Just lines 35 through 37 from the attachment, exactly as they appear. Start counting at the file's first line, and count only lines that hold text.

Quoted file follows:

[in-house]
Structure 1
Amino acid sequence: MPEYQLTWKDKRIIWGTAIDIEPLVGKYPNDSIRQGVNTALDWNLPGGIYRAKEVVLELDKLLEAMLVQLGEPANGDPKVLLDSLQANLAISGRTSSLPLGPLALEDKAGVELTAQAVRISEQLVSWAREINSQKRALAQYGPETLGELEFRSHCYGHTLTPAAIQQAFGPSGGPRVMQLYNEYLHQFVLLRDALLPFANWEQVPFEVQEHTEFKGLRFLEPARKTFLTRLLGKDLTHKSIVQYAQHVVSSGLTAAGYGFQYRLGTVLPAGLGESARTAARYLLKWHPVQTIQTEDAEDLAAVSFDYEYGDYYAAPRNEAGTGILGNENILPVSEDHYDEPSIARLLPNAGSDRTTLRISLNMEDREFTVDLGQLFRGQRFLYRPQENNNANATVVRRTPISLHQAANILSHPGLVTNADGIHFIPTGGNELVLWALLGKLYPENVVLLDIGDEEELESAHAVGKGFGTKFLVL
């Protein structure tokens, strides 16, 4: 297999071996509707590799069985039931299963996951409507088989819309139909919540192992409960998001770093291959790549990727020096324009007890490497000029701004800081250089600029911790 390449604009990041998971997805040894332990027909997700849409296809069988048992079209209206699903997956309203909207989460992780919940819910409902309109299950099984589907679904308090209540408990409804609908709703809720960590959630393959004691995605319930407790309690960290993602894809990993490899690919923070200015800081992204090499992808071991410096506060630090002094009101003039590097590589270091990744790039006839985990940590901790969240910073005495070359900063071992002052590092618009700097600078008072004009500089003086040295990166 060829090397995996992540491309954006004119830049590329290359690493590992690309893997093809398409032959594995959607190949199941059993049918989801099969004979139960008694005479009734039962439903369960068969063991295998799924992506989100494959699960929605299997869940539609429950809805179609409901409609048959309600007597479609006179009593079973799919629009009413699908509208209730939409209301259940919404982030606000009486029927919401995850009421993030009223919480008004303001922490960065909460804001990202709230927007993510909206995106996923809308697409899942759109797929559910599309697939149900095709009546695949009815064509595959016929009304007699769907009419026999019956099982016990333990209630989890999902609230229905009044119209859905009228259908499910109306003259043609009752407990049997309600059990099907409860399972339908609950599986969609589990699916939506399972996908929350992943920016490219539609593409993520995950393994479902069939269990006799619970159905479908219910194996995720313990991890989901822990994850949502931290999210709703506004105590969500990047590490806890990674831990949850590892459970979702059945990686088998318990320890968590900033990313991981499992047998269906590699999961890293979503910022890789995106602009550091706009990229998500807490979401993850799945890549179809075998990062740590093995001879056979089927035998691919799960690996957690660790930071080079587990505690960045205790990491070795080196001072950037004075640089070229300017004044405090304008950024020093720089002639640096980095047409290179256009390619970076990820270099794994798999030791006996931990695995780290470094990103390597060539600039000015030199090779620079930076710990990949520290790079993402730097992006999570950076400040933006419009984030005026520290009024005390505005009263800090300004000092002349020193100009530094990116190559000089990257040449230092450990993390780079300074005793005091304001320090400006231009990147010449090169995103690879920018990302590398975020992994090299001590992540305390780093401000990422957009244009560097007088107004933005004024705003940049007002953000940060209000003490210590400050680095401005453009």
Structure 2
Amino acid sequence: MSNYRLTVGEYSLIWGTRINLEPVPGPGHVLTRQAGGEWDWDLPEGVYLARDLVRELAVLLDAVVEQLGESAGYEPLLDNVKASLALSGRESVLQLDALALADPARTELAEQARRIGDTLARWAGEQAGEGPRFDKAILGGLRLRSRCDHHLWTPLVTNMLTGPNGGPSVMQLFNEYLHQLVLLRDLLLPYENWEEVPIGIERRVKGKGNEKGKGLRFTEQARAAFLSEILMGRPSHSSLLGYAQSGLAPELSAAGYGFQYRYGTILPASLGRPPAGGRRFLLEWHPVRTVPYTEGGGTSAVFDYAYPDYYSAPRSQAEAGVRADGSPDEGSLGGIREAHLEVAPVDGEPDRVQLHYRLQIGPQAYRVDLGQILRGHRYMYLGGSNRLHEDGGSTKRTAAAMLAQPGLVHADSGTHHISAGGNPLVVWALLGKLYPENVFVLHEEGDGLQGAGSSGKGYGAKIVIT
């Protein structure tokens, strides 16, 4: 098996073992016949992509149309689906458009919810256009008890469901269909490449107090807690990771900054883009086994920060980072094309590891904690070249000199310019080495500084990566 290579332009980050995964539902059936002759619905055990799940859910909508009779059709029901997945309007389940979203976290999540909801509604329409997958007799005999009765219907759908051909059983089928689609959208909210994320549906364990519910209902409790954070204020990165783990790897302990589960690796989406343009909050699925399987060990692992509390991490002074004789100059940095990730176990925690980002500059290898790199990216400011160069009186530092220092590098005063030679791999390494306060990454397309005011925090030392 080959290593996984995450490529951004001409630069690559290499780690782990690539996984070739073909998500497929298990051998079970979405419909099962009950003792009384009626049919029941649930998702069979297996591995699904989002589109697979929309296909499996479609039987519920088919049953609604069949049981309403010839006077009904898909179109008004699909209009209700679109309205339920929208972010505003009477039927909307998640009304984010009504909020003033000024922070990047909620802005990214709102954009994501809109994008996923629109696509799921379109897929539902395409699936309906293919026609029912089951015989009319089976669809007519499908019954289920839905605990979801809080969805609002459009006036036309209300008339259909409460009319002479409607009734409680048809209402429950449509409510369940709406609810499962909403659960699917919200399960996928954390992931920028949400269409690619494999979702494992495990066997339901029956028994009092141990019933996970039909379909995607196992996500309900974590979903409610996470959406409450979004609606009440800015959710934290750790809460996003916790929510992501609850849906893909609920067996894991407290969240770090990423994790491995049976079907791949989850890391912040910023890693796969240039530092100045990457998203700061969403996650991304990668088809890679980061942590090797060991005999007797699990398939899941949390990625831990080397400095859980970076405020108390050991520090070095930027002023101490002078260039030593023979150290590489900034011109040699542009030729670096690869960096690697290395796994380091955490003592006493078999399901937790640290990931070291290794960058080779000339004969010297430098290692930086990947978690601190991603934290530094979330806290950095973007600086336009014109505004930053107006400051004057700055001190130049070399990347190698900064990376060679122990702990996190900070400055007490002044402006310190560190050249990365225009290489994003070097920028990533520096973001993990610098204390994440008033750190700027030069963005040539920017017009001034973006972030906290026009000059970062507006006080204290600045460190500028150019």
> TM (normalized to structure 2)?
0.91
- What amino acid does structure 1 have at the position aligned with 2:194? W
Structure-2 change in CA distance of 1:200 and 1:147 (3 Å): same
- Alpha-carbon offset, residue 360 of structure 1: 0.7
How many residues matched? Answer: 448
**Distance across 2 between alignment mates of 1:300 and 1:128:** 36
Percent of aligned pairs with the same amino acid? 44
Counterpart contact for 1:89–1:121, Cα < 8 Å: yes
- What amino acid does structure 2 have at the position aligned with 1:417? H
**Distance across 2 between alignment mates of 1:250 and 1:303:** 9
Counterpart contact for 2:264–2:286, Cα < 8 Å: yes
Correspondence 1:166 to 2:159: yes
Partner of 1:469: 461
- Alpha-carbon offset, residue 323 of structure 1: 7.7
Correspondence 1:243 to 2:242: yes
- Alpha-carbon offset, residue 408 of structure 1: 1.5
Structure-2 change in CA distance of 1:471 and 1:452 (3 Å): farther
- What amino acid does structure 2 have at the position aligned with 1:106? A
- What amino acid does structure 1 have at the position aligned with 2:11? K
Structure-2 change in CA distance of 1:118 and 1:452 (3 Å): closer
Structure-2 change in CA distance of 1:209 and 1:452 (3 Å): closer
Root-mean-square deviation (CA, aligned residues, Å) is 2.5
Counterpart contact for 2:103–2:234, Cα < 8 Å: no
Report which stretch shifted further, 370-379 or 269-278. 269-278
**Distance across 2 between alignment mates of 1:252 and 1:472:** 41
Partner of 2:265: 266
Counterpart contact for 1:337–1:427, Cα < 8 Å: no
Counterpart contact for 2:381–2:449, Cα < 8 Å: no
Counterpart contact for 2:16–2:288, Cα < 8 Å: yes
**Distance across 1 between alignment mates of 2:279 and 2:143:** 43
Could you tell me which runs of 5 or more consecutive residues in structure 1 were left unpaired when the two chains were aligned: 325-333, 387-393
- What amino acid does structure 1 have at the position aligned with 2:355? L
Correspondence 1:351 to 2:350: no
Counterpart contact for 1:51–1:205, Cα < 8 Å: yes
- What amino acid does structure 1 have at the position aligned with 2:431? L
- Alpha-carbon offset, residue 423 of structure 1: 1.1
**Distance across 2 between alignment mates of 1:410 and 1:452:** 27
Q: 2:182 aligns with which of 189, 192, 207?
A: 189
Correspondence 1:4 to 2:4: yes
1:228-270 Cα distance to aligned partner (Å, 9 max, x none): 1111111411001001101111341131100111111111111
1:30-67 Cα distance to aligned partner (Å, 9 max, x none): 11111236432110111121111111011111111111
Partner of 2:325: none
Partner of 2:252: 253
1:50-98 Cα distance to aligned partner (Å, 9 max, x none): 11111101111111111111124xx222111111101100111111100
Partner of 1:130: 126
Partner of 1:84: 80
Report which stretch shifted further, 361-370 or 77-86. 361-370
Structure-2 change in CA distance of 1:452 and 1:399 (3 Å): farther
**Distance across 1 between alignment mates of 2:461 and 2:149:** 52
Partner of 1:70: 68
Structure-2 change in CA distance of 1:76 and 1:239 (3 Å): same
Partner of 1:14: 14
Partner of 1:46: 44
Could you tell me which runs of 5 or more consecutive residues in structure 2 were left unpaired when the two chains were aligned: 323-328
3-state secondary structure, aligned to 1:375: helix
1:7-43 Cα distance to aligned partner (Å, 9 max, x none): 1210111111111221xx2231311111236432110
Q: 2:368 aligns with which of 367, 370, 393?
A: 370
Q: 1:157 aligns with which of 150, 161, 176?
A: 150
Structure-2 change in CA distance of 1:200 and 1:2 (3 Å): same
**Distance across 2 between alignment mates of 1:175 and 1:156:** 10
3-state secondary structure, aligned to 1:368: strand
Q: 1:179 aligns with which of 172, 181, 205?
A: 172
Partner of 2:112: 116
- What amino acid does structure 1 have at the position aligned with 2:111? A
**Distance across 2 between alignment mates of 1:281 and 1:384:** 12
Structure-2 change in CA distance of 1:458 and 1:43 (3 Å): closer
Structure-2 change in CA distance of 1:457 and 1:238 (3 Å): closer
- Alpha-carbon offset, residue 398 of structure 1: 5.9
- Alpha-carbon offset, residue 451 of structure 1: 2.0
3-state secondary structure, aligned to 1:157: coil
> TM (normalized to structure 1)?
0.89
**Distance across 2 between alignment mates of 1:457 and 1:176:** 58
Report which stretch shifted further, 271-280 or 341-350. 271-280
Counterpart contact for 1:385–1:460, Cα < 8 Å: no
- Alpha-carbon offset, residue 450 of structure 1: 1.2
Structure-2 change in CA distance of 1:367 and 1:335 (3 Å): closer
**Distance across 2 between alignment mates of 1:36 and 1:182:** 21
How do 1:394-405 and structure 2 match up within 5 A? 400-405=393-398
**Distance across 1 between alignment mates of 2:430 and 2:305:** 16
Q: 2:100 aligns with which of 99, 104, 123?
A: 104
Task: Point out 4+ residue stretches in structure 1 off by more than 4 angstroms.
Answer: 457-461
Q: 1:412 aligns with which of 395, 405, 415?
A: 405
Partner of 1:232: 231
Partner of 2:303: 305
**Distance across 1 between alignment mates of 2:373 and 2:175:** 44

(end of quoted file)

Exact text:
Counterpart contact for 1:337–1:427, Cα < 8 Å: no
Counterpart contact for 2:381–2:449, Cα < 8 Å: no
Counterpart contact for 2:16–2:288, Cα < 8 Å: yes